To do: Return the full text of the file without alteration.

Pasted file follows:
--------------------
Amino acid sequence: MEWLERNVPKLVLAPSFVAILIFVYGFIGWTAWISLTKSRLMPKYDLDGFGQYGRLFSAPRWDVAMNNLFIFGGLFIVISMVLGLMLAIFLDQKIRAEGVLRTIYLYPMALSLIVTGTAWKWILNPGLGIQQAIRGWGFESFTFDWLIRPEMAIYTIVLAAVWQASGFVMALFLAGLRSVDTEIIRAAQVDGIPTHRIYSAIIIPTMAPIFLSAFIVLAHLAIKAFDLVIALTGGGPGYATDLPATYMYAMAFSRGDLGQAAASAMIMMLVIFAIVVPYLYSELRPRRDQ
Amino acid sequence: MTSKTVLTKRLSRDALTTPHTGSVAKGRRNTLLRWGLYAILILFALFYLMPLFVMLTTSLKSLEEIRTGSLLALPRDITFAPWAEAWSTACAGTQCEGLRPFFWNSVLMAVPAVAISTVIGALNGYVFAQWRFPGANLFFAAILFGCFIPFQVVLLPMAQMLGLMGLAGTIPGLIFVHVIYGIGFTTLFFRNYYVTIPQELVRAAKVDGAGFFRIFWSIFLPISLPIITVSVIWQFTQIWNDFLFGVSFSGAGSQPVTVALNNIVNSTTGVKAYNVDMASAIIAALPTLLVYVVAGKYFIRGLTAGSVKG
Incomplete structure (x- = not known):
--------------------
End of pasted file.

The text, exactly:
Amino acid sequence: MEWLERNVPKLVLAPSFVAILIFVYGFIGWTAWISLTKSRLMPKYDLDGFGQYGRLFSAPRWDVAMNNLFIFGGLFIVISMVLGLMLAIFLDQKIRAEGVLRTIYLYPMALSLIVTGTAWKWILNPGLGIQQAIRGWGFESFTFDWLIRPEMAIYTIVLAAVWQASGFVMALFLAGLRSVDTEIIRAAQVDGIPTHRIYSAIIIPTMAPIFLSAFIVLAHLAIKAFDLVIALTGGGPGYATDLPATYMYAMAFSRGDLGQAAASAMIMMLVIFAIVVPYLYSELRPRRDQ
Amino acid sequence: MTSKTVLTKRLSRDALTTPHTGSVAKGRRNTLLRWGLYAILILFALFYLMPLFVMLTTSLKSLEEIRTGSLLALPRDITFAPWAEAWSTACAGTQCEGLRPFFWNSVLMAVPAVAISTVIGALNGYVFAQWRFPGANLFFAAILFGCFIPFQVVLLPMAQMLGLMGLAGTIPGLIFVHVIYGIGFTTLFFRNYYVTIPQELVRAAKVDGAGFFRIFWSIFLPISLPIITVSVIWQFTQIWNDFLFGVSFSGAGSQPVTVALNNIVNSTTGVKAYNVDMASAIIAALPTLLVYVVAGKYFIRGLTAGSVKG
Incomplete structure (x- = not known):